Point of View: African American Art Masters from the Elliot and Kimberly Perry Collection

January 20 - April 13, 2014

Point of View is the main title for two exhibitions and a catalogue, all drawn from the impressive African American and African Diaspora art collection of Elliot and Kimberly Perry. The exhibitions and catalogue are the result of a three-way partnership between Elliot and Kimberly Perry, the Flint Institute of Arts, and the Charles H. Wright Museum of African American History. Each has a distinct subtitle...Click here to read more »



Works of Art by the Wright Angels

December 12, 2013 - March 9, 2014

The Wright Museum has an extraordinary contingent of volunteers who call themselves the Wright Angels. This exhibition, which is named for them, includes works by volunteers Walter Bailey, Lorraine Tyler, Clifford Wade, and Sharon E. Williams-Dean. Also included are interns Chloe Seabrooks-Welk and Shawnda Warren, and staff member Kevin Davidson, the museum's director of design and fabrication...Click here to read more »



Bandits & Heroes, Poets & Saints: Popular Art of the Northeast of Brazil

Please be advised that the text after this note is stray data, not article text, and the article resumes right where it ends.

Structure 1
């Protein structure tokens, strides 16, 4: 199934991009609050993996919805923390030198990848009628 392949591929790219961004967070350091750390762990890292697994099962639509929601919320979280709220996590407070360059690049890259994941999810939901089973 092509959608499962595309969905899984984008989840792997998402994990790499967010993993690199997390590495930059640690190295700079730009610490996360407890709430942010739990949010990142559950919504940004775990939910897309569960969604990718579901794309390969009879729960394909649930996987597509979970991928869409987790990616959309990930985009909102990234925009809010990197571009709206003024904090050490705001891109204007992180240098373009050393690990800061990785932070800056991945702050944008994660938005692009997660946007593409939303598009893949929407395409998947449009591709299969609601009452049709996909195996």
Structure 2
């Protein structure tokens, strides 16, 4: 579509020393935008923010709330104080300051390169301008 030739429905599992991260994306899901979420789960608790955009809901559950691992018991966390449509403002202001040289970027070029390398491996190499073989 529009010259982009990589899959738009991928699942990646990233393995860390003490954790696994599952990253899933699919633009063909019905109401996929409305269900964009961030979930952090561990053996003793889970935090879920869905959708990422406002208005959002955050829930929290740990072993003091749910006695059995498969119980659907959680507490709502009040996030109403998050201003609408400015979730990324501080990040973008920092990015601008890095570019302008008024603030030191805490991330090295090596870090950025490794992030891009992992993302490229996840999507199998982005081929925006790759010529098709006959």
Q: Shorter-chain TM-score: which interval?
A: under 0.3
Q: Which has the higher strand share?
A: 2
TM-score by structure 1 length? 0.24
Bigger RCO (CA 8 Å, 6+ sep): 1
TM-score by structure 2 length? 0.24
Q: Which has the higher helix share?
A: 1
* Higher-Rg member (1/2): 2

August 15, 2013 - January 5, 2014

The first major traveling exhibition of popular art from northeastern Brazil, Bandits & Heroes, Poets & Saints includes nearly 200 works of art by more than 50 artists, and tells the story of how African, European, and indigenous cultural traditions have interacted over a period of more than 500 years to form the distinctive culture of this fascinating area of the largest country in South America... Click here to read more »



The Bombay Sapphire® Artisan Series at The Wright Museum

October 25 - December 8, 2013

Detroit area artists submitted 147 works of art to the annual Bombay Sapphire® Artisan Series competition, 24 pieces of which were selected for inclusion in this exhibition, which includes works of emerging, experienced, and master artists such as Clifford Wade, Valencia Brockington, Lobyn Hamilton, Raymond Wells, Desiree Kelly, and Allie McGhee. One artist from the exhibition and two from the online competition will be selected to travel, along with his or her art, to Art Basel in Miami, Florida... Click here to read more »



Inspiration Through Art: Works by Darold Gholston and Henry T. Heading

July 25 - October 13, 2013

The Charles H. Wright Museum of African American History Contemporary Artists Program is pleased to present the works of Metro Detroit artists, Darold Gholston and Henry T. Heading whose artistic renderings speak to contemporary realism—their perceptions about the beauty of life and the realities of the modern age. Gholston and Heading’s universal themes touch upon timeless beauty and offer reflections of social values and inspirations of life through art... Click here to read more »